History of LTS
Lexington Theological Seminary is the pioneer theological school of the Christian Church (Disciples of Christ). It is located within the Bluegrass region of Kentucky where much of the Disciples’ early history occurred. The Seminary has played a vital role in that Church’s development.
Lexington Theological Seminary is the lineal descendant of the Department of Hebrew Literature in Bacon College, founded in 1836. With the rechartering of Bacon College in 1858 under the name of Kentucky University, the biblical department was considerably expanded and renamed the School of Biblical Literature and Moral Sciences.
In 1865 Kentucky University moved from Harrodsburg, Kentucky, to Lexington and merged with Transylvania University on the Transylvania campus. The newly-merged institution was named Kentucky University and retained the name until 1908, when it resumed the charter and name of Transylvania University.
The Seminary dates its founding from 1865 when it was The College of the Bible, one of several colleges in Kentucky University. Another of these colleges was the College of Agriculture and Mechanical Arts, which separated from its parent institution in 1878, and through a series of name changes emerged as the present University of Kentucky. The College of the Bible occupied buildings on the campus of Kentucky University (Transylvania University) until 1950, when it moved to its present location. The Seminary acquired its own charter in 1878. At its centennial in 1965, The College of the Bible was renamed Lexington Theological Seminary.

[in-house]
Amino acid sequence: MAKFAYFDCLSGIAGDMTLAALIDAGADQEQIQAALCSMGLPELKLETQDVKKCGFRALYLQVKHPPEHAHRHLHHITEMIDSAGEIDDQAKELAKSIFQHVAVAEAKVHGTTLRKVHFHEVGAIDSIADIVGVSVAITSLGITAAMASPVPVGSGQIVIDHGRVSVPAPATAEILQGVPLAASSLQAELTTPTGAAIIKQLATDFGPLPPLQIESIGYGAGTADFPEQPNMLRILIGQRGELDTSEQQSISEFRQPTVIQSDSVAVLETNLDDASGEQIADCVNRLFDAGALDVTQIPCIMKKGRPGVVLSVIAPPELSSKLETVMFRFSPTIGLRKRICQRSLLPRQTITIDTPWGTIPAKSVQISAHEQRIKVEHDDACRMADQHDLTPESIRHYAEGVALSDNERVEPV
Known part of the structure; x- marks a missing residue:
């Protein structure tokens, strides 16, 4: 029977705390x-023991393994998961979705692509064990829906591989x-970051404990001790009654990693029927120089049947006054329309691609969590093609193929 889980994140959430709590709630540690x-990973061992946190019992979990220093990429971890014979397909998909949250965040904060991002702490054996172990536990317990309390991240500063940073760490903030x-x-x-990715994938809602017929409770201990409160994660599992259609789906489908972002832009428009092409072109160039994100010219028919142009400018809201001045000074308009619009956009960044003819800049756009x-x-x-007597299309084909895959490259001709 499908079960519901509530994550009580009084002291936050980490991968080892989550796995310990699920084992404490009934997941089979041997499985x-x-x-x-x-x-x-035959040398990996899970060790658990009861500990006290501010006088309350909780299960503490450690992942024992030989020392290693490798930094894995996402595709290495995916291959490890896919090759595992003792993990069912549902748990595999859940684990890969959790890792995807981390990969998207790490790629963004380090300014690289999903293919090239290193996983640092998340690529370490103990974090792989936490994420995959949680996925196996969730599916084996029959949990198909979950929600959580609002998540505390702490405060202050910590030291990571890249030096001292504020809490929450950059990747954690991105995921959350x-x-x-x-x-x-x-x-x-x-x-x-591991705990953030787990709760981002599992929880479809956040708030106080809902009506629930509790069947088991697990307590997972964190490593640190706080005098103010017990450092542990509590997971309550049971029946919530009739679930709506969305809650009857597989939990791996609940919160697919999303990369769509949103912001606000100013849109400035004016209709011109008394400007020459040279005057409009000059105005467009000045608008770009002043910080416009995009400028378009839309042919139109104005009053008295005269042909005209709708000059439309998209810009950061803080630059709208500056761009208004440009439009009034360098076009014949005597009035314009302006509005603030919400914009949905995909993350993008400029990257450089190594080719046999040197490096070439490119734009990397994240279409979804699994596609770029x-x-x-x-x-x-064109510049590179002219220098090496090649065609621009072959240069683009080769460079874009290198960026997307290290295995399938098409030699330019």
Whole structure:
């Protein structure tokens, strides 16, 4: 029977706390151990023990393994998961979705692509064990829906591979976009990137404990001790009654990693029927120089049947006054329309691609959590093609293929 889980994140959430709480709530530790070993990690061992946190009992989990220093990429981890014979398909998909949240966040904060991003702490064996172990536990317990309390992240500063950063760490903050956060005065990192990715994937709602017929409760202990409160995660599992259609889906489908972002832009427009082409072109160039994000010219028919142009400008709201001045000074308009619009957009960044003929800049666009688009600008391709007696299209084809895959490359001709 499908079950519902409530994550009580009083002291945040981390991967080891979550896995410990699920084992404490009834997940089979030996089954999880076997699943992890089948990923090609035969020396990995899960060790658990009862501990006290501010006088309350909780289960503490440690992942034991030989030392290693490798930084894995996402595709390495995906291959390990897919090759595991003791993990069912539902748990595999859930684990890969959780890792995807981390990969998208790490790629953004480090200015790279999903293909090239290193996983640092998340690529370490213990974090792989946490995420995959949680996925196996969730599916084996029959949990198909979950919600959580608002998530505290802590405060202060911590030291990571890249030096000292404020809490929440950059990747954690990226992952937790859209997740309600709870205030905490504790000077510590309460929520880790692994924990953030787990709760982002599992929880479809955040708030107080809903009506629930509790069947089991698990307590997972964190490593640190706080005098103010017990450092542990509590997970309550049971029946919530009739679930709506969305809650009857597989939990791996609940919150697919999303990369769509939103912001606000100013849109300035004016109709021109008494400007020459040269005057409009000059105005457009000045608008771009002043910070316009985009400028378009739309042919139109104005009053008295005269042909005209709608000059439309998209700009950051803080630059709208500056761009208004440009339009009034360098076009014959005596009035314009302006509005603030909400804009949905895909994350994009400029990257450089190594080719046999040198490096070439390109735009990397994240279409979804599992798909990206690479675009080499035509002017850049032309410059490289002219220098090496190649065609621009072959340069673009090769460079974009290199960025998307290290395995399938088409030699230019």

Thus three institutions of higher education in Lexington are of the same background: Transylvania University, the University of Kentucky, and Lexington Theological Seminary. Lexington Seminary and Transylvania are members of the Higher Education and Leadership Ministries of the Christian Church (Disciples of Christ).
In 1936 the school began requiring a bachelor’s degree from an accredited college for admission, thus becoming strictly a graduate institution. Two years later the Seminary played a leading role in the formation of The Association of Theological Schools in the United States and Canada, the official accrediting agency of theological institutions. The Seminary also established the first chair of religious education in the nation, instituted one of the first courses on the ecumenical church, and was the first seminary in the United States to offer clinical pastoral training as a part of its curriculum.